A film by Ruth Cullen
Featuring post-screening Q&A with director and producer Ruth Cullen, John Faulkner and Michael Cooney
Winner of Best Australian Documentary (2018 Antenna Documentary Film Festival), this compelling film is a must-see for political enthusiasts.
From deep within the engine room of politics comes the superb documentary on the ‘Donald Bradman’ of speech writing – Graham Freudenberg.
A powerful journey into one of the great minds of politics whose words shaped our fortunes. This untold perspective from someone at the epi-centre of the Australian government for nearly 50 years paints a remarkable picture of a political insider’s love of language and its power to change the country.
Finally, the scribe becomes the orator.
“An absorbing and profound insight into the life and role of a political speech writer and Australian politics generally.” – John Warhurst, Emeritus Professor, School of Politics and International Relations, Australian National University
Classification: Exempt from Classification – All ages
Dates & Times:
Monday 26 November 2018 at 7pm
Political Speech Writer
Graham has written over 1000 political speeches in his career spanning more than 50 years. Known as Australia’s first professional political speech writer he is revered across both sides of parliament.
He has been described as the “Donald Bradman” of speech-writing, Bob Hawke called him the “chameleon”.
During the Whitlam years Graham was known as Whitlam’s ghost and they remained extremely close until Whitlam’s death in 2014.
Throughout the various slings and arrows of outrageous fortune Graham has remained in the engine of government, observing, influencing, and writing.
Finally the scribe becomes the orator.
Ruth is one of Australia’s most experienced documentary makers. She is known for her fearless and empathetic character portrayals and her willingness to seek out the untested. Her films have screened at film festivals all over the world. As well as making films she has worked as: Industry Consultant to Screen Australia, Executive Producer (ABC – Arts & Entertainment) and is a former Head of Documentary at Australia’s premier film school AFTRS.
Chair of the Whitlam Institute
The Hon. John Faulkner was a Labor Senator for New South Wales from 1989 to 2015. Following his election to the Senate in 1989, Senator Faulkner held a number of ministries, serving as Minister for Veterans’ Affairs, Minister for Defence Science and Personnel, Minister for the Environment, Sport and Territories, Cabinet Secretary, Special Minister of State and Minister for Defence. He served as Leader of the Opposition in the Senate from 1996 to 2004.
He has also held a range of senior positions within the Australian Labor Party, including National President, twenty years as member of the National Executive and nine years as Assistant General Secretary of the New South Wales Branch. John Faulkner is well versed in, and passionate about the history of the Australian Labor Party. Prior to his political career, John worked as a teacher of children with severe disabilities.
Michael Cooney is an author, and former speech writer and policy advisor. He is currently the National Director of The Australian Republic Movement. Michael served as speechwriter to Prime Minister Julia Gillard, policy director to federal Labor leaders Kim Beazley and Mark Latham, and was the founding policy director of the progressive think tank Per Capita. Michael wrote The Gillard Project: My Thousand Days of Despair and Hope, about his speechwriter career. He was previously Senior Adviser at the HR Coombs Policy Forum, Crawford School of Public Policy at the Australian National University and is the former executive director of the Chifley Research Centre.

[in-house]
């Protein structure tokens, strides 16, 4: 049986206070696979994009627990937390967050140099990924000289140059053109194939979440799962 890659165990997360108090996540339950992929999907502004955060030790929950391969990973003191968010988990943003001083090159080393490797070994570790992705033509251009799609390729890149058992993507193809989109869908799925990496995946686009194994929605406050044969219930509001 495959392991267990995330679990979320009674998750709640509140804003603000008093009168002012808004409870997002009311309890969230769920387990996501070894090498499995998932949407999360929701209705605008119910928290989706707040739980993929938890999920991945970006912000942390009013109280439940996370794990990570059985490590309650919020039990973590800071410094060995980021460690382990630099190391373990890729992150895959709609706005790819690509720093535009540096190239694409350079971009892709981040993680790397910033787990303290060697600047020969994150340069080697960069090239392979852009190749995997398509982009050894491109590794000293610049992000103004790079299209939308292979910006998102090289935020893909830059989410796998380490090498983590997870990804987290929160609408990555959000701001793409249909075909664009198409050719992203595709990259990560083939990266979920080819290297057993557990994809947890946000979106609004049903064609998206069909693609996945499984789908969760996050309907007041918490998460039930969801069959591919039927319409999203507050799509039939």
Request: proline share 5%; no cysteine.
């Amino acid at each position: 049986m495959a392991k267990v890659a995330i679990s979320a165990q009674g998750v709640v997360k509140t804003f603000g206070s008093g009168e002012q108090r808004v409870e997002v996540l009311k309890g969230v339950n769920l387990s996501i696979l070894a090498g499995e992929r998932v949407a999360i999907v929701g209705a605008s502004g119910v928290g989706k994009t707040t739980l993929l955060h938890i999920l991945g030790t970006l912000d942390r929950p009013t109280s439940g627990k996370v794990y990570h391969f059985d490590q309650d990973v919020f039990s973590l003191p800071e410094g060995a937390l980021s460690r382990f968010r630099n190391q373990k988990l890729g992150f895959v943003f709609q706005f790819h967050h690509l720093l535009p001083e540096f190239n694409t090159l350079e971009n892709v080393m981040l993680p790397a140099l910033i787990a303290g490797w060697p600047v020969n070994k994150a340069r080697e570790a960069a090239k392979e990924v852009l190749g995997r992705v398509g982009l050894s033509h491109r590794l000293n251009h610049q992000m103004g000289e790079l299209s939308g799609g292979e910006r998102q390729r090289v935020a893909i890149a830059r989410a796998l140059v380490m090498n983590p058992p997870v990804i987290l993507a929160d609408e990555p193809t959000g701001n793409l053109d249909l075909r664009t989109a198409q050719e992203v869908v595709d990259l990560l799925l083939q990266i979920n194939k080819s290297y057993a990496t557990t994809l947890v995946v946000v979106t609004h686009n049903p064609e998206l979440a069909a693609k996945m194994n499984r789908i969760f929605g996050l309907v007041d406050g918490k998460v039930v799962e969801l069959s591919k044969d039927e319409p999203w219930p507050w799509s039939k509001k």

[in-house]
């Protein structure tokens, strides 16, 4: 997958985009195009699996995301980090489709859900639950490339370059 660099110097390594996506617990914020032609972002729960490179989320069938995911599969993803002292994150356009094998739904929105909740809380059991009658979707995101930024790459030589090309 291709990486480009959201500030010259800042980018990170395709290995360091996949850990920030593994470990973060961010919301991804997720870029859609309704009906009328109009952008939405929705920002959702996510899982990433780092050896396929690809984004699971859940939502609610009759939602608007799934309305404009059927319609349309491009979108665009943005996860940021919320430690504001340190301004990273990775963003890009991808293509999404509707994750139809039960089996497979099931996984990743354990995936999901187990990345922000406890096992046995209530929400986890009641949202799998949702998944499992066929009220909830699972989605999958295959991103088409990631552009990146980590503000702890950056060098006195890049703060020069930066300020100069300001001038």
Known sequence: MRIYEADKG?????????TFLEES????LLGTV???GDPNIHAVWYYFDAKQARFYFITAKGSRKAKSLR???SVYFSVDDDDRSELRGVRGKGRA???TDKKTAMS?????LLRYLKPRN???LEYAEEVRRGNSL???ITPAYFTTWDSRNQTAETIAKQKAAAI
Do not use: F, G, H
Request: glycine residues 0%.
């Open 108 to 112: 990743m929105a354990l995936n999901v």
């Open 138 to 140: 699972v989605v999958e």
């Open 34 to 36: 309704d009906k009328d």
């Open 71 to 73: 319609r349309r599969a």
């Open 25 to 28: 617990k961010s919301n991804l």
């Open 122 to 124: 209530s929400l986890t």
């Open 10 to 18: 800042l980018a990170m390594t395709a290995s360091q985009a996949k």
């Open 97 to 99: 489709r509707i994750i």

My films have always been about bringing fresh perspectives onto the screen – somewhere where you haven’t been before. I wanted this film to feel like the viewer is spending a single night inside Graham’s mighty mind, pole vaulting around key influences and events.
This documentary is about a love of politics and why politics matter. By focusing on Graham, I wanted to show the intelligence, the dedication and the passion that goes into the shadowy world of the political staffer – someone in the thick of things but one who is spared the public scrutiny and accountability that politicians face. It’s a perspective that we haven’t seen on the screen in such an intimate and revealing way – until now.
The Scribe is also about the ties that bind, as it explores the symbiotic and unique relationship between Graham and Gough Whitlam which lasted for over 50 years – opposites in temperament yet an absolute meeting of the minds. Graham was frequently referred to as the ghost of Whitlam. Gough described Graham as “my dearest friend and comrade”.
The Trump presidency has been a game changer in the language of governance and now is the time to reflect on just what that means for democracy and leadership – and the language of politics is the key to that.
Democracy is under threat and the way to preserve it is by engaging with the political processes not ignoring them. Traditionally, the scribe was the bridge between the intention and the audience. Now the scribe becomes the orator.
I am not one for nostalgia but in this instance the past has immense relevance today – regardless of one’s political persuasion.
Director/ Writer/ Producer